Space Junk Has Blasted a Hole in a Key Space Station Tool

Space Junk Has Blasted a Hole in a Key Space Station Tool

Low Earth orbit can be a dangerous place, as a recent incident involving Canadarm2 confirms.

A small chunk of space junk has pierced Canadarm2, creating a discernible hole on the robotic device, the Canadian Space Agency has revealed in a statement. Ths CSA is calling it a “lucky strike,” as Canadarm2, attached to the International Space Station, remains functional despite the gaping wound.

That the arm got hit by some kind of mystery object should not come as a major surprise. Low Earth orbit is a veritable junkyard, one filled with millions of bits of human-spawned debris. Things like defunct satellites, rocket parts, busted bits of spacecraft, and even flecks of paint clutter the region of space. Radar can currently track the estimated 34,000 objects larger than 9.9 centimetres currently floating in low Earth orbit, but anything smaller is basically invisible to us.

But just because these fragments are small doesn’t mean they’re not dangerous. Space debris measuring a few millimetres across can still inflict tremendous damage due to the intense velocities involved, as speeds in low Earth orbit can reach 10 km per second. These errant objects cannot be monitored from the ground, but they represent ongoing threats to space-based resources and human life. And unfortunately, it’s currently technologically infeasible and economically impractical to clear the estimated 6,000 tons of debris from low Earth orbit.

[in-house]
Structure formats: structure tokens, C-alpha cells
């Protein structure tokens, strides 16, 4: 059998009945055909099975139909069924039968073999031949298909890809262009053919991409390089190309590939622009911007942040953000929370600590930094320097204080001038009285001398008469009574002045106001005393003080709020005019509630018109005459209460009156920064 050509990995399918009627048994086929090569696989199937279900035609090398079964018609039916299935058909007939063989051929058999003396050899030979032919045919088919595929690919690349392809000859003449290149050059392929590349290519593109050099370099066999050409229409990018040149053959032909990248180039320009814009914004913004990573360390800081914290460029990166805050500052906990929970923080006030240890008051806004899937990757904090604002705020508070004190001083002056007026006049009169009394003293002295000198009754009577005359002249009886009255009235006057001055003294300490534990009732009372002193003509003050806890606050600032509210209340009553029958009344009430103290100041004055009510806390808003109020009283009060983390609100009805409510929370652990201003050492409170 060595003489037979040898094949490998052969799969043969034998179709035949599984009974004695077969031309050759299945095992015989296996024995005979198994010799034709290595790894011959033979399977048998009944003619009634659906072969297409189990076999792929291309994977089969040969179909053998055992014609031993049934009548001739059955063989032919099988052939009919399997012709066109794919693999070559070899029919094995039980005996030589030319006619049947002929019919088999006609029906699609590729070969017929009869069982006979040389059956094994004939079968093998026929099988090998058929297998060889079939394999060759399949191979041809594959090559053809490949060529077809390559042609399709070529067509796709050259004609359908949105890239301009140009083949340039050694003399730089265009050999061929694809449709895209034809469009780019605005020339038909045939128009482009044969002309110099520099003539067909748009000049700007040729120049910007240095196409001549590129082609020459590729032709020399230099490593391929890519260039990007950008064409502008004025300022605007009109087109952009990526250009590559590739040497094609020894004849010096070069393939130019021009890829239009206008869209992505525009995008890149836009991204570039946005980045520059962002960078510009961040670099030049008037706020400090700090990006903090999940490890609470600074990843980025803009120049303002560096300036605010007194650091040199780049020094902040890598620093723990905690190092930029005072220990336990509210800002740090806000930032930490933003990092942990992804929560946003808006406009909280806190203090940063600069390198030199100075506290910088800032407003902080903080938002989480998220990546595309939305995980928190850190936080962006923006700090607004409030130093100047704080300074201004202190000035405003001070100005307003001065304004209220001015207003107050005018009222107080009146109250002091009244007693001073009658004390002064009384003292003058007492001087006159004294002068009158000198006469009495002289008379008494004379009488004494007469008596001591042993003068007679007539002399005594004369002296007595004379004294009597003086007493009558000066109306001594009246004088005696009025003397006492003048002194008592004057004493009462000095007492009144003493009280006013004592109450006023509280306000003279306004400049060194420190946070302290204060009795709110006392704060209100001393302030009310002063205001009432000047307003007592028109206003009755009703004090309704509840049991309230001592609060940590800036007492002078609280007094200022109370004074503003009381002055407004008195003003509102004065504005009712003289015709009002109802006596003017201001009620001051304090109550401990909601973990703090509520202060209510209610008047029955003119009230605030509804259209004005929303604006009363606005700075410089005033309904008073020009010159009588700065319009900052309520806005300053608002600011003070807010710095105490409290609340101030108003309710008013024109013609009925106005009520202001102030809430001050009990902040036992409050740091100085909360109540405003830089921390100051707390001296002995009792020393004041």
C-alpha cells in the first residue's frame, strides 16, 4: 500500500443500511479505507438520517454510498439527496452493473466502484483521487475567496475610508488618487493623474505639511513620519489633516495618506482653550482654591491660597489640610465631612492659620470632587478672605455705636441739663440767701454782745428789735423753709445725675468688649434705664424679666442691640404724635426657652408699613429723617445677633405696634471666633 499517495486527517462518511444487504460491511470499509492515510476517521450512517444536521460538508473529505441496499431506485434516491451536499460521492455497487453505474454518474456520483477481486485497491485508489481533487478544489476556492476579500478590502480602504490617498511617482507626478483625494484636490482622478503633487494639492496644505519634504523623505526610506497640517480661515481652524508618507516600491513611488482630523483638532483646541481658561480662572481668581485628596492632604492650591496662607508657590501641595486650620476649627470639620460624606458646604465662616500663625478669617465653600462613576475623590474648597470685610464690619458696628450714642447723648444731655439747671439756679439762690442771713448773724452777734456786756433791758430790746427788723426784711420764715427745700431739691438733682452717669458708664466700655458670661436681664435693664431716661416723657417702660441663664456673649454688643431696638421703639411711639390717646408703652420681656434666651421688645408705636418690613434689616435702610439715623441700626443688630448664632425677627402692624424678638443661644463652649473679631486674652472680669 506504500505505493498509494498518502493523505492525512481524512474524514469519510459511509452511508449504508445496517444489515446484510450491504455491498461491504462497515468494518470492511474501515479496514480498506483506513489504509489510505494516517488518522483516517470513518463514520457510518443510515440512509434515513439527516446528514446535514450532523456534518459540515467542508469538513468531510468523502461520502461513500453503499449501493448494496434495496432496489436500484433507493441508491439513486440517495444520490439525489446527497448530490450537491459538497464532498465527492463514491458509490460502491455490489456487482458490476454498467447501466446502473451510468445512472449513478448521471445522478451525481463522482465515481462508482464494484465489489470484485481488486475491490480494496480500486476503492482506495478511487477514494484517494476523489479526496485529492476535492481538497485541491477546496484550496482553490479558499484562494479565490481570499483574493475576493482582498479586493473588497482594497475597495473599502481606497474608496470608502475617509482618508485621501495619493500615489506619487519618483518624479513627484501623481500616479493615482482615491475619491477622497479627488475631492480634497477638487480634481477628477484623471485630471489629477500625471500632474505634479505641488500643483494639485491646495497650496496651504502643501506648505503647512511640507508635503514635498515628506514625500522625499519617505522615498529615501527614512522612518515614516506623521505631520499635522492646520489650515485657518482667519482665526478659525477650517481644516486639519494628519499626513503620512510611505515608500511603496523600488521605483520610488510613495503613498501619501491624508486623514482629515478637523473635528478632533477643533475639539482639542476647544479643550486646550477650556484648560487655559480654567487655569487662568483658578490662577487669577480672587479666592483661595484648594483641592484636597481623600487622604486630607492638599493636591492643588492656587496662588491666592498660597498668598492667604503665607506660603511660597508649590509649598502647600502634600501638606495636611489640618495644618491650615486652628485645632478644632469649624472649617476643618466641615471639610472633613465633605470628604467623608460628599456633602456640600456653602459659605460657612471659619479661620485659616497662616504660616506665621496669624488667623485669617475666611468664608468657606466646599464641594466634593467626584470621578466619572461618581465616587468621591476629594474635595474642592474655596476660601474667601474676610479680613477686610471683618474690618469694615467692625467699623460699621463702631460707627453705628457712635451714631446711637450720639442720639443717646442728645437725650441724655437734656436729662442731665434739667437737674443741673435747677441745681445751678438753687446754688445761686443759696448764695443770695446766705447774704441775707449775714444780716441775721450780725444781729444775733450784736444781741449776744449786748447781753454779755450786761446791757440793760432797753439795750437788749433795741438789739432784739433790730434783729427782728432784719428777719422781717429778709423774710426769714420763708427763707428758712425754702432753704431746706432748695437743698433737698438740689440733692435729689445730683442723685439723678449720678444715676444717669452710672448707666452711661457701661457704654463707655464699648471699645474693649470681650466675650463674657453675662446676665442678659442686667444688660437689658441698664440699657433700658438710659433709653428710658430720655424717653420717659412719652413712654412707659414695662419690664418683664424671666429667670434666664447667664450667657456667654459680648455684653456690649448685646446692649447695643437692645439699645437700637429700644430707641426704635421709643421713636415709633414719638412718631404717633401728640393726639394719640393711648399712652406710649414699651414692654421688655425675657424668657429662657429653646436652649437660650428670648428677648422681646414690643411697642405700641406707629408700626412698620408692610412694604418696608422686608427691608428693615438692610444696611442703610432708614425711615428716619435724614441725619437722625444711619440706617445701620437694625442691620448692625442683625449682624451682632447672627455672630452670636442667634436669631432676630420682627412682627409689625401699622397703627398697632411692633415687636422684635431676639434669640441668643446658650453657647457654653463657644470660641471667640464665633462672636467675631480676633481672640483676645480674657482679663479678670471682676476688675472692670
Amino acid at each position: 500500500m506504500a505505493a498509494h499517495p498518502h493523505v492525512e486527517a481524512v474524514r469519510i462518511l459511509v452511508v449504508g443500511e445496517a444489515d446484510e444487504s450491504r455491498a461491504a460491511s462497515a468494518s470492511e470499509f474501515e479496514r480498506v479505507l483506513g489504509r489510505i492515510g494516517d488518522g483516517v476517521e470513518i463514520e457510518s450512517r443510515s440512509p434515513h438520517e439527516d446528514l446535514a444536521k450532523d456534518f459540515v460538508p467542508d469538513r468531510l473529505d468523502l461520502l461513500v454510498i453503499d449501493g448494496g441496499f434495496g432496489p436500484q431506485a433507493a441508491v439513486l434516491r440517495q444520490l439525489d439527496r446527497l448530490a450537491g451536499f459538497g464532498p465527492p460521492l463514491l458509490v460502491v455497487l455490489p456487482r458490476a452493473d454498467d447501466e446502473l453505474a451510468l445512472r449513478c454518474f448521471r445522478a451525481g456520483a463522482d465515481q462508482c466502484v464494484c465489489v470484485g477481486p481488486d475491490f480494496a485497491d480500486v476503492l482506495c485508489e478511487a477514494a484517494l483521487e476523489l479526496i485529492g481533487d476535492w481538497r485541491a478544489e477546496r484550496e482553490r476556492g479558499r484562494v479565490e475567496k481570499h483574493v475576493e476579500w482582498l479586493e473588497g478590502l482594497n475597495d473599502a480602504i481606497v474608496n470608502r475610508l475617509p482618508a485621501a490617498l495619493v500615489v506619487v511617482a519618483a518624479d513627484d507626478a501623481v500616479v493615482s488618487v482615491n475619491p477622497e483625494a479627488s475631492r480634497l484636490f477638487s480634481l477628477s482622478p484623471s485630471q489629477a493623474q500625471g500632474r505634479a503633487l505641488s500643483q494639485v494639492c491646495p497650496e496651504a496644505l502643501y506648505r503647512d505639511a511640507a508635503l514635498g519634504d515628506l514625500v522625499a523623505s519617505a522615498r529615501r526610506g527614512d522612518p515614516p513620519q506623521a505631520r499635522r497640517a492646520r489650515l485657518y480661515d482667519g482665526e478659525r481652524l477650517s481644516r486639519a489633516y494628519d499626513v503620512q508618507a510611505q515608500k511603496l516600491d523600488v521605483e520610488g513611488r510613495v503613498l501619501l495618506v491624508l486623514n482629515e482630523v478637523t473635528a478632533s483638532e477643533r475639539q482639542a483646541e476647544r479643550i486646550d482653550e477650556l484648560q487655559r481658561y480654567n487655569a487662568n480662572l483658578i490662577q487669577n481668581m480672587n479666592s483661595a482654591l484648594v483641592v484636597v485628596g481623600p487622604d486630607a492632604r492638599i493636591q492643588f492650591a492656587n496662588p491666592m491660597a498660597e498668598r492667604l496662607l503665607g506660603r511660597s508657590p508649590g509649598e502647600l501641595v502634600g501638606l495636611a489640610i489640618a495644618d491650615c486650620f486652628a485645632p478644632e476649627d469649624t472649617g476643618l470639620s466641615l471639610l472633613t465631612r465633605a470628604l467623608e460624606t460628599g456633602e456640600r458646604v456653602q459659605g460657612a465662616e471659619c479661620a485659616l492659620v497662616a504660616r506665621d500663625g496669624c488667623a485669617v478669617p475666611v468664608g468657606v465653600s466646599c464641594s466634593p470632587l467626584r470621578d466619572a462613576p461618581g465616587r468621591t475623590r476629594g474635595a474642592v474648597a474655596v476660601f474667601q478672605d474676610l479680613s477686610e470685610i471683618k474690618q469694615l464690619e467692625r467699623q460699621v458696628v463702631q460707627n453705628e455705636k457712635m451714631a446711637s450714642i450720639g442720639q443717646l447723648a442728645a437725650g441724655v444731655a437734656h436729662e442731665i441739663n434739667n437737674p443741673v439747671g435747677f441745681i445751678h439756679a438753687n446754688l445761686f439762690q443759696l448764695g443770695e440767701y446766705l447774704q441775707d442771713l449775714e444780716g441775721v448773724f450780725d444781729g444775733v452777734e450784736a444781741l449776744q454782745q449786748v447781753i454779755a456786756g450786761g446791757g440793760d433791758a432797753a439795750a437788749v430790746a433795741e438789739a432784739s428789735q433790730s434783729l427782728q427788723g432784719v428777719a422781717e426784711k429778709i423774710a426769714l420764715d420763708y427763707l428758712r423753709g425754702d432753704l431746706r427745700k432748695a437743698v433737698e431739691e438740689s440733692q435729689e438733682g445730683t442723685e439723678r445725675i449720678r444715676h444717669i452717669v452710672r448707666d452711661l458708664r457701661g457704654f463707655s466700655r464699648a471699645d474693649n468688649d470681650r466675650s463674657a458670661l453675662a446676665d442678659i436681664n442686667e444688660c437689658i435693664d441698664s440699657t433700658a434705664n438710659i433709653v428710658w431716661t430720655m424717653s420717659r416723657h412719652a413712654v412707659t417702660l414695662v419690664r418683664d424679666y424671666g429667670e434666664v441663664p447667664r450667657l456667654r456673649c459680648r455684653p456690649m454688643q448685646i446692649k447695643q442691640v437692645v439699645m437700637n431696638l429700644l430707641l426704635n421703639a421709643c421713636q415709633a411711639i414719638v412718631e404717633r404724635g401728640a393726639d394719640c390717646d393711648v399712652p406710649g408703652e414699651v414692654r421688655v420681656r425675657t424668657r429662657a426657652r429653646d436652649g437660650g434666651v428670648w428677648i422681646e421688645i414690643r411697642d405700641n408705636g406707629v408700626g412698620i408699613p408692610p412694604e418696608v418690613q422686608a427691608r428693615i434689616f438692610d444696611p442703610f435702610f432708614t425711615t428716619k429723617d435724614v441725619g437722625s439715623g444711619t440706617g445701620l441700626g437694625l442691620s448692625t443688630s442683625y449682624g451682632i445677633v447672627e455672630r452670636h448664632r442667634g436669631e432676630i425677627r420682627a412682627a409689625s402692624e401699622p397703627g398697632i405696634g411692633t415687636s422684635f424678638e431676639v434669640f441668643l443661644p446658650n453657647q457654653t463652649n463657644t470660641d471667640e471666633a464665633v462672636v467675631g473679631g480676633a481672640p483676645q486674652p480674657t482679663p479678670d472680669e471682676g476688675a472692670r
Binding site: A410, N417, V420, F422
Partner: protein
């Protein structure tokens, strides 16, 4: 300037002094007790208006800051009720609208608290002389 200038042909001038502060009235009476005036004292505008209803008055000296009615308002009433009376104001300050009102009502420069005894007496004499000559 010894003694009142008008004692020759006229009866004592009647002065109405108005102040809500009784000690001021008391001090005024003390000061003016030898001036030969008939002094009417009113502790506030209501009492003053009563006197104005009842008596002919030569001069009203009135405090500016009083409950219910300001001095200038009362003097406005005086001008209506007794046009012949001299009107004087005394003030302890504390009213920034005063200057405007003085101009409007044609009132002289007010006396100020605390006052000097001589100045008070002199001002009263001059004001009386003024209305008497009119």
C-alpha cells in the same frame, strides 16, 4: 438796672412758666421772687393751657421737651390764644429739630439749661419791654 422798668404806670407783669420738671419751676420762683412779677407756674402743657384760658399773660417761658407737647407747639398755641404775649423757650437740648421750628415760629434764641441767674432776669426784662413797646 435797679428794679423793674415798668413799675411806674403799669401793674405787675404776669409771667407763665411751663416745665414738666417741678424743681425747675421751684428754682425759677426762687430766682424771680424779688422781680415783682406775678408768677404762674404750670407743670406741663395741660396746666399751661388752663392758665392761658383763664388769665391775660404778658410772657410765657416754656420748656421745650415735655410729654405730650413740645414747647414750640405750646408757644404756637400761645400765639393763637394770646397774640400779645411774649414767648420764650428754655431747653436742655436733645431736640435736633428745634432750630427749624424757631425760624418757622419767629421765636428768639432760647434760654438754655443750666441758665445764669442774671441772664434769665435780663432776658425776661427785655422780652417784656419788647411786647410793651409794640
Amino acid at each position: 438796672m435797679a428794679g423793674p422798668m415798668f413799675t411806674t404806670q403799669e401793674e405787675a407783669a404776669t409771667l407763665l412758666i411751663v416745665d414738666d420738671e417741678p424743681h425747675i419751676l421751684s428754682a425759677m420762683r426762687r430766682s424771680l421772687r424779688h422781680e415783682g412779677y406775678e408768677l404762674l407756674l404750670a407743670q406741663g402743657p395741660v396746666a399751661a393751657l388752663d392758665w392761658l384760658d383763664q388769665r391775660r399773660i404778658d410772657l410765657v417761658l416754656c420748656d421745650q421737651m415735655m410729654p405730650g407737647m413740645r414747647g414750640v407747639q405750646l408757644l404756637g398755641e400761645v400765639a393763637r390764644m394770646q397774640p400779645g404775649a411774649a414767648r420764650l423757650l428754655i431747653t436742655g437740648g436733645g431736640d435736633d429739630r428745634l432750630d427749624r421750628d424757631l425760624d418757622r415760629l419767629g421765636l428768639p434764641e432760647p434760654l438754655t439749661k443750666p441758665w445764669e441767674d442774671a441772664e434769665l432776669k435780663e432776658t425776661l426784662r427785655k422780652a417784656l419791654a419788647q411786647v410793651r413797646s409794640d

The hole on Canadarm2 was detected during routine inspections of the device on May 12. Experts with the CSA and NASA analysed detailed images of the arm to determine the extent of the damage. The hole, at an estimated 6-millimetres across, is located on one of the arm’s boom segments, which is fortunate.

“Despite the impact, results of the ongoing analysis indicate that the arm’s performance remains unaffected,” the CSA stated. “The damage is limited to a small section of the arm boom and thermal blanket.”

Astronauts aboard the ISS will continue to use Canadarm2, including a planned operation to replace a faulty power switchbox.

The ISS has been struck by space debris before. Back in 2016, a quarter-inch diameter chip was spotted on one of the space station’s windows. The blemish was caused by a “fragment no bigger than a few thousandths of a millimetre across,” according to the European Space Agency. To penetrate an ISS module, an object would need to be at least 1.3-centimetres wide, while objects larger than around 10 centimetres would outright destroy or shatter entire sections. Hopefully we’ll find a way to clean up our space junk before something truly tragic happens.

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